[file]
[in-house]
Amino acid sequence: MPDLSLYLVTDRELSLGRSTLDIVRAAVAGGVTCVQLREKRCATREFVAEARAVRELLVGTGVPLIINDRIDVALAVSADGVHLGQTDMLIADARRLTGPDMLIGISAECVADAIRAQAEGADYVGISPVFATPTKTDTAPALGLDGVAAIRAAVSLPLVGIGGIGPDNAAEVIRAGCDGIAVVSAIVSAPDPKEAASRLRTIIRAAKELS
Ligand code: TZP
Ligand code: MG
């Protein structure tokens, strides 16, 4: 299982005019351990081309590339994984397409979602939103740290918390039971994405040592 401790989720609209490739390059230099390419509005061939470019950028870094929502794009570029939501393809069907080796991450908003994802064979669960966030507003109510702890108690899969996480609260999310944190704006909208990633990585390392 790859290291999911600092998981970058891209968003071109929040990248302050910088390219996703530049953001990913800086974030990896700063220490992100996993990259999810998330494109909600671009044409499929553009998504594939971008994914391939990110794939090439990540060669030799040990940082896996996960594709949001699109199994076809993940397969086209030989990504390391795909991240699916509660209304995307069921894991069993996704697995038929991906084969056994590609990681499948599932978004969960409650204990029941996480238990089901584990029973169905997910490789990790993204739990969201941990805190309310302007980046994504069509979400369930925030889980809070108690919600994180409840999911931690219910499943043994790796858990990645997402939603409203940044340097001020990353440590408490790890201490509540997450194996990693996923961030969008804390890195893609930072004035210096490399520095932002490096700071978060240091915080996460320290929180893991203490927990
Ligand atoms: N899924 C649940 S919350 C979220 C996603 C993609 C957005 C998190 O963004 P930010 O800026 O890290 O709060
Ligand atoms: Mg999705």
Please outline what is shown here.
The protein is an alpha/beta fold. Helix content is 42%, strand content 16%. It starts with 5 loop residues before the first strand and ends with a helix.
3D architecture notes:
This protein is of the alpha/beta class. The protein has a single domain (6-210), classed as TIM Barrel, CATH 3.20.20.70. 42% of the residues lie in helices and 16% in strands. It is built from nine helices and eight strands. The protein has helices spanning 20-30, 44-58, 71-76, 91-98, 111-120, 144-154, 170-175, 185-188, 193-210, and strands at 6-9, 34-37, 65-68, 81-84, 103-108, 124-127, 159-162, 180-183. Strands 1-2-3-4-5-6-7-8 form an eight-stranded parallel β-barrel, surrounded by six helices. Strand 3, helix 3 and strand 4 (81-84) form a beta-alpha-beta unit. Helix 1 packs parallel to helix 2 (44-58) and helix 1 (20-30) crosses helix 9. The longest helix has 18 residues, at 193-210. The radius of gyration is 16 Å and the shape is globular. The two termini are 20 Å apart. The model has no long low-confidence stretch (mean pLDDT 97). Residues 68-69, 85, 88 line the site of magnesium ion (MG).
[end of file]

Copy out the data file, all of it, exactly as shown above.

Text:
[in-house]
Amino acid sequence: MPDLSLYLVTDRELSLGRSTLDIVRAAVAGGVTCVQLREKRCATREFVAEARAVRELLVGTGVPLIINDRIDVALAVSADGVHLGQTDMLIADARRLTGPDMLIGISAECVADAIRAQAEGADYVGISPVFATPTKTDTAPALGLDGVAAIRAAVSLPLVGIGGIGPDNAAEVIRAGCDGIAVVSAIVSAPDPKEAASRLRTIIRAAKELS
Ligand code: TZP
Ligand code: MG
């Protein structure tokens, strides 16, 4: 299982005019351990081309590339994984397409979602939103740290918390039971994405040592 401790989720609209490739390059230099390419509005061939470019950028870094929502794009570029939501393809069907080796991450908003994802064979669960966030507003109510702890108690899969996480609260999310944190704006909208990633990585390392 790859290291999911600092998981970058891209968003071109929040990248302050910088390219996703530049953001990913800086974030990896700063220490992100996993990259999810998330494109909600671009044409499929553009998504594939971008994914391939990110794939090439990540060669030799040990940082896996996960594709949001699109199994076809993940397969086209030989990504390391795909991240699916509660209304995307069921894991069993996704697995038929991906084969056994590609990681499948599932978004969960409650204990029941996480238990089901584990029973169905997910490789990790993204739990969201941990805190309310302007980046994504069509979400369930925030889980809070108690919600994180409840999911931690219910499943043994790796858990990645997402939603409203940044340097001020990353440590408490790890201490509540997450194996990693996923961030969008804390890195893609930072004035210096490399520095932002490096700071978060240091915080996460320290929180893991203490927990
Ligand atoms: N899924 C649940 S919350 C979220 C996603 C993609 C957005 C998190 O963004 P930010 O800026 O890290 O709060
Ligand atoms: Mg999705």
Please outline what is shown here.
The protein is an alpha/beta fold. Helix content is 42%, strand content 16%. It starts with 5 loop residues before the first strand and ends with a helix.
3D architecture notes:
This protein is of the alpha/beta class. The protein has a single domain (6-210), classed as TIM Barrel, CATH 3.20.20.70. 42% of the residues lie in helices and 16% in strands. It is built from nine helices and eight strands. The protein has helices spanning 20-30, 44-58, 71-76, 91-98, 111-120, 144-154, 170-175, 185-188, 193-210, and strands at 6-9, 34-37, 65-68, 81-84, 103-108, 124-127, 159-162, 180-183. Strands 1-2-3-4-5-6-7-8 form an eight-stranded parallel β-barrel, surrounded by six helices. Strand 3, helix 3 and strand 4 (81-84) form a beta-alpha-beta unit. Helix 1 packs parallel to helix 2 (44-58) and helix 1 (20-30) crosses helix 9. The longest helix has 18 residues, at 193-210. The radius of gyration is 16 Å and the shape is globular. The two termini are 20 Å apart. The model has no long low-confidence stretch (mean pLDDT 97). Residues 68-69, 85, 88 line the site of magnesium ion (MG).